A repeal would more than double the number of uninsured residents and end $16 billion in funding for Medicaid expansion, studies estimate.
This story originally appeared in California Healthfax.
New reports estimate that 21 public hospitals in California stand to lose more than $2 billion in combined annual revenue if the Affordable Care Act (ACA) is repealed.
The studies from the California Association of Public Hospitals and Health Systems (CAPH) examined the impact of an ACA repeal on the 21 public health systems it represents in the state.
"The estimates are based on an increase in uncompensated care costs for hospitals in the event that people who gained coverage under the ACA become uninsured," said Erica Murray, president and CEO of the CAPH.
The studies estimate the 21 public health systems and related facilities serve as the primary care provider for more than 560,000 California residents who gained coverage under the ACA since 2014, people who would likely lose coverage if the ACA is repealed without a replacement plan.
"A repeal of Medi-Cal expansion could result in California's public healthcare systems losing $2.2 billion in revenue every year," the report states.
It estimates a repeal would more than double California's current uninsured rate of 7.6% to more than 17% and result in the loss of $16 billion in federal funding the state currently receives for Medicaid expansion along with $5 billion in lost funding in federal subsidies.
A study of Arrowhead Regional Medical Center (ARMC) in San Bernardino County estimates the 465-bed hospital would lose $120 million in revenue each year with a repeal of the ACA.
The report estimates that 211,000 county residents would lose their health coverage and that "a dramatic increase in the number of uninsured, coupled with a loss of funding, could destabilize San Bernardino County's health delivery system."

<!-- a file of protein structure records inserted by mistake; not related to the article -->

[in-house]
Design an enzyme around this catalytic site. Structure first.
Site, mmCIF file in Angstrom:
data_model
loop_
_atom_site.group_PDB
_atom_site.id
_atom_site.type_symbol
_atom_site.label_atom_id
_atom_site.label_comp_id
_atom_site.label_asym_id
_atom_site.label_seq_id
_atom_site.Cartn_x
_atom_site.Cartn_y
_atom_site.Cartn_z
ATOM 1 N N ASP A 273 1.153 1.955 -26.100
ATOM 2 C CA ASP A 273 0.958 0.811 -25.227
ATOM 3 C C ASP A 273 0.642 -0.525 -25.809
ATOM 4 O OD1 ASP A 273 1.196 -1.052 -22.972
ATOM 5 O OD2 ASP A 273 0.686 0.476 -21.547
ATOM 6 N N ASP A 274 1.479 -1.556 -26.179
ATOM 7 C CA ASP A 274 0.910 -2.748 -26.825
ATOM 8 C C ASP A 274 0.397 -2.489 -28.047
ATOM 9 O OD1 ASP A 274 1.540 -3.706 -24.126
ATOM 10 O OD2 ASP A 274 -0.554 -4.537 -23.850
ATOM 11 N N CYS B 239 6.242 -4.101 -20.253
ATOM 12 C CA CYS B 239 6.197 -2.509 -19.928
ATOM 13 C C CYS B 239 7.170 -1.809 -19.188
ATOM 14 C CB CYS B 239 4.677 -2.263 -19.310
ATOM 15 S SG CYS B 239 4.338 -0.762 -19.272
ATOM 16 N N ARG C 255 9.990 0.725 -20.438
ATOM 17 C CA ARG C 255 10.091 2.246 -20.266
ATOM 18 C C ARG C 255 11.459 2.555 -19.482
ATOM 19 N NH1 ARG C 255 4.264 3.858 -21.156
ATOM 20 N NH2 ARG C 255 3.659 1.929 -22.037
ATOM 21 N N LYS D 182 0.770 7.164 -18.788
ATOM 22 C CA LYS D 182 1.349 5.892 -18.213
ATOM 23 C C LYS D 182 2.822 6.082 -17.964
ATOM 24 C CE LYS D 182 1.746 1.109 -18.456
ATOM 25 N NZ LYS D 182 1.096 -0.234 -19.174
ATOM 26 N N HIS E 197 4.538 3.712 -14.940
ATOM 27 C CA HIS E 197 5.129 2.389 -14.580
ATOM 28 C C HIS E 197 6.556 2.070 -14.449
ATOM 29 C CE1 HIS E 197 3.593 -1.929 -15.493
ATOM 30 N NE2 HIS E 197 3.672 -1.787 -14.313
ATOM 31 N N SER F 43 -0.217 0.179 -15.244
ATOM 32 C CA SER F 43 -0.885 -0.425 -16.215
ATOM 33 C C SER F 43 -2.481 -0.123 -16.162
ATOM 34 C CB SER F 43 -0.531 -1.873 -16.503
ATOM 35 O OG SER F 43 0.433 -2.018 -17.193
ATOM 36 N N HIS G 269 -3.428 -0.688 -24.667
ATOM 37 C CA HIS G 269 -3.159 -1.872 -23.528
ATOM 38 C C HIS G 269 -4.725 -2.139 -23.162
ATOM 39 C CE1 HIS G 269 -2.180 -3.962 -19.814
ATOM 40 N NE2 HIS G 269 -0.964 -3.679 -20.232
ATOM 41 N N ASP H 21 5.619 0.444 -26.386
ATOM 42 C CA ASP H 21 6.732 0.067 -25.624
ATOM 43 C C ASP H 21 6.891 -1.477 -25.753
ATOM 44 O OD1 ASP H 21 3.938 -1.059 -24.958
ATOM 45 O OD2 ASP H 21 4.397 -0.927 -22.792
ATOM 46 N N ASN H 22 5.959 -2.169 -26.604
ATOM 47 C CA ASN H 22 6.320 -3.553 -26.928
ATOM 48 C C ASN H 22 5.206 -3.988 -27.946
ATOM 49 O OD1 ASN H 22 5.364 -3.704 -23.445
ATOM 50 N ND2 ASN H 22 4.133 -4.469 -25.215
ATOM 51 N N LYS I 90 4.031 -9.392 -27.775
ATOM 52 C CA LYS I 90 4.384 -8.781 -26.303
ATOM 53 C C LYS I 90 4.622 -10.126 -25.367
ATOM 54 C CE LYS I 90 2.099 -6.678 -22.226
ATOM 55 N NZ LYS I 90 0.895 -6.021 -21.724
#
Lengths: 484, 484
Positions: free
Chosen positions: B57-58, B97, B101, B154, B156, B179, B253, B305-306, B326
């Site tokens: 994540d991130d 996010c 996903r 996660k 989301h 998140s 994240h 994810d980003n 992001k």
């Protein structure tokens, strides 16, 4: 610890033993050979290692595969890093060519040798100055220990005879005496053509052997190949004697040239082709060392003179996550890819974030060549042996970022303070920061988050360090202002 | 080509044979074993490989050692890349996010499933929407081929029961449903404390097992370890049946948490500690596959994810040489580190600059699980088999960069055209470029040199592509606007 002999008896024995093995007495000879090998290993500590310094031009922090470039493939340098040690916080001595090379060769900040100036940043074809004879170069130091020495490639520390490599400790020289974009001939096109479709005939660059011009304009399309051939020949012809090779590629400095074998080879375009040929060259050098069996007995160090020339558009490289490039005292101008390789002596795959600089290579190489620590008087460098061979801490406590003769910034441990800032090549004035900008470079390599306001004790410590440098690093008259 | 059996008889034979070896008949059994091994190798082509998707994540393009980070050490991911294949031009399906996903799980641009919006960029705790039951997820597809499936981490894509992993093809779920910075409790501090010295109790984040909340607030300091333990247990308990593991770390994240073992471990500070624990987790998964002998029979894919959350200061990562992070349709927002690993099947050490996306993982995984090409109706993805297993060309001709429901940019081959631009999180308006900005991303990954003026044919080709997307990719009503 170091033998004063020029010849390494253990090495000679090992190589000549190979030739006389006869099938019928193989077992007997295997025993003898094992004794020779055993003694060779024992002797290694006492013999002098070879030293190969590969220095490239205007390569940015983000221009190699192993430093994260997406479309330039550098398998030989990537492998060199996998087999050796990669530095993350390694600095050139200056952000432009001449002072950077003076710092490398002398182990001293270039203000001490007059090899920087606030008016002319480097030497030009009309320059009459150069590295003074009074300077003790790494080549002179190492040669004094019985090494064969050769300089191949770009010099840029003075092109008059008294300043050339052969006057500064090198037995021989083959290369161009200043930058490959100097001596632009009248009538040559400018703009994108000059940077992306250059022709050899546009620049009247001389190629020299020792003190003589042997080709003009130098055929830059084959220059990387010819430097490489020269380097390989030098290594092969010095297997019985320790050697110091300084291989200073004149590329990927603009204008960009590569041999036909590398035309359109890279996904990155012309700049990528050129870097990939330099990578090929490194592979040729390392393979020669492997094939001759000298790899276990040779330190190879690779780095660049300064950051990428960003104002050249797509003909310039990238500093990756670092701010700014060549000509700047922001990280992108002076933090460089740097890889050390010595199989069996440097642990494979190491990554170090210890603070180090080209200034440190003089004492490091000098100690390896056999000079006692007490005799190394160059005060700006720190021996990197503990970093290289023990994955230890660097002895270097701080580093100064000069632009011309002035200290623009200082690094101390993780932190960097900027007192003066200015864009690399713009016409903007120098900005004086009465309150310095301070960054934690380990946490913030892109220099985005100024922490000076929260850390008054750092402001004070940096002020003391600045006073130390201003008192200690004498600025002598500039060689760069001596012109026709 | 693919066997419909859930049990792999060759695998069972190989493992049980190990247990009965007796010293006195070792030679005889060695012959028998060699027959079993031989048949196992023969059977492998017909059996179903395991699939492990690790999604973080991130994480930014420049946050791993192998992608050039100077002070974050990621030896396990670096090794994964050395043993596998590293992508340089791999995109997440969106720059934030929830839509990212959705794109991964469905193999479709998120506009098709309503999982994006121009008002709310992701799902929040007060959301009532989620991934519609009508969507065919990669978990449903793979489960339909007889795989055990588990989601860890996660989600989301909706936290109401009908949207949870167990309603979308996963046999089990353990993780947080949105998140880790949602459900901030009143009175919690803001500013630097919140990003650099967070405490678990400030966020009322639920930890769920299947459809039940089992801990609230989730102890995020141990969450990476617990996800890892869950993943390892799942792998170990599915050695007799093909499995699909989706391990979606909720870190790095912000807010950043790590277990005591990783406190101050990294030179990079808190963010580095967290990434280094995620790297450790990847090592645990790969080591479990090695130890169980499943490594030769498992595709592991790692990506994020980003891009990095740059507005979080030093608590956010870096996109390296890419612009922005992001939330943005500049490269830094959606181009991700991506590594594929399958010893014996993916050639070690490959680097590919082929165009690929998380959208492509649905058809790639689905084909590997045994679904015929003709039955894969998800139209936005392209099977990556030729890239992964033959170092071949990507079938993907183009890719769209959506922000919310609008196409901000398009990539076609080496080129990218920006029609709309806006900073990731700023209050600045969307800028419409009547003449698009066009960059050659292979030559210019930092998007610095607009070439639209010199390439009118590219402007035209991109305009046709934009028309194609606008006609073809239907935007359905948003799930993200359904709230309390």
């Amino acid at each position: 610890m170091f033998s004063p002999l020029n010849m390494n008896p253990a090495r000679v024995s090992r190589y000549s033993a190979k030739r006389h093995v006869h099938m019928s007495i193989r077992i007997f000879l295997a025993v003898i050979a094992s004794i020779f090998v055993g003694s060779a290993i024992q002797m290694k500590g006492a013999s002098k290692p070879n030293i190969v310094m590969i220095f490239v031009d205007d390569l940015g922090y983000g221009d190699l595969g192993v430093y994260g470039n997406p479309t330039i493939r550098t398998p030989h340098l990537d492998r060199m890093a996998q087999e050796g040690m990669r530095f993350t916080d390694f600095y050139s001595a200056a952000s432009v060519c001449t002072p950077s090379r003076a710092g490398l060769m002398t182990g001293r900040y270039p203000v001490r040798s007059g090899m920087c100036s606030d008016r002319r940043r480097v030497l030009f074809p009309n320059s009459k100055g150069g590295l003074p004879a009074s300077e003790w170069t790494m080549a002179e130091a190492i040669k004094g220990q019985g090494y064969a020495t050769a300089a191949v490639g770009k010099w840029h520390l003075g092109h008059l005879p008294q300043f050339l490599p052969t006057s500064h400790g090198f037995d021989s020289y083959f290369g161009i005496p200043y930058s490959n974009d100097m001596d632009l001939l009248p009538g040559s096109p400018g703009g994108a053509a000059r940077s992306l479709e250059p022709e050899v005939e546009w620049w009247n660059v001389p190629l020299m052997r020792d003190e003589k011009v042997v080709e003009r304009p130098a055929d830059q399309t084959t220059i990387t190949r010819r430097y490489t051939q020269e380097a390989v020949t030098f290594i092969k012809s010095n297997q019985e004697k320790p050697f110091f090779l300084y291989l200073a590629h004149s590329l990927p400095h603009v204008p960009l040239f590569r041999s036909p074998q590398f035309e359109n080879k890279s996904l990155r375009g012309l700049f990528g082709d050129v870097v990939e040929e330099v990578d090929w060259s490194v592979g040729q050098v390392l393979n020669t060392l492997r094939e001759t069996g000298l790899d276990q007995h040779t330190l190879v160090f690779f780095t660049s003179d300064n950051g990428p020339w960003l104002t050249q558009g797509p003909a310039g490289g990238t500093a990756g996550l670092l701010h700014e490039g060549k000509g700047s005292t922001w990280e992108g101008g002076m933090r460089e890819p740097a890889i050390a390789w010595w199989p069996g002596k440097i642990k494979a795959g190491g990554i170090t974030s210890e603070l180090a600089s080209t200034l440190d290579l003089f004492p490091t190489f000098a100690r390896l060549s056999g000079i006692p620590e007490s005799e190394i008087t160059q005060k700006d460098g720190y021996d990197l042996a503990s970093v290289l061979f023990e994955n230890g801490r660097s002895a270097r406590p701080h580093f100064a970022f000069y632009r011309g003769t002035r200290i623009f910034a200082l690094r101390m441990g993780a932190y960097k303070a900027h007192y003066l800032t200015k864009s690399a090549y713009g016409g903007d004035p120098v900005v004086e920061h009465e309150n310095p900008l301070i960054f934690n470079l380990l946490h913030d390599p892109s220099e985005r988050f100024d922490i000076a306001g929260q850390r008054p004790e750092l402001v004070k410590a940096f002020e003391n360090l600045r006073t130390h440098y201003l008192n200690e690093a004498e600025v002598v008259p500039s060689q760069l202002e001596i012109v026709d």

An ACA repeal would result in $125 million in lost revenue per year, with 133,000 San Francisco residents losing health coverage, according to a San Francisco Health Network study.
Natividad Medical Center in Monterey County would lose about $36 million in revenue as more than 50,000 county residents lose health coverage and San Joaquin General Hospital would lose an estimated $50 million in annual revenue with an ACA repeal.
A repeal of the ACA would have repercussions beyond higher uncompensated care cost for hospitals.
The study noted that since Medicaid expansion was introduced in 2013, "public healthcare systems have given around 700,000 patients newly assigned primary care teams and have added more than 1 million patients to disease management registries."
The study noted that since the advent of federal healthcare reform, "public healthcare systems have decreased the rate of diabetes patients being hospitalized for short-term complications by more than 20% and the rate of patients with uncontrolled diabetes has dropped from 1% to 0.18%.
"There are a lot of programs like this that are related to, but distinct from, Medicaid expansion that would be impacted by a repeal," said Murray.
"If people lose their insurance, they'll also lose access to these preventive care and coordinated care programs that make care more cost-effective and keep costs down."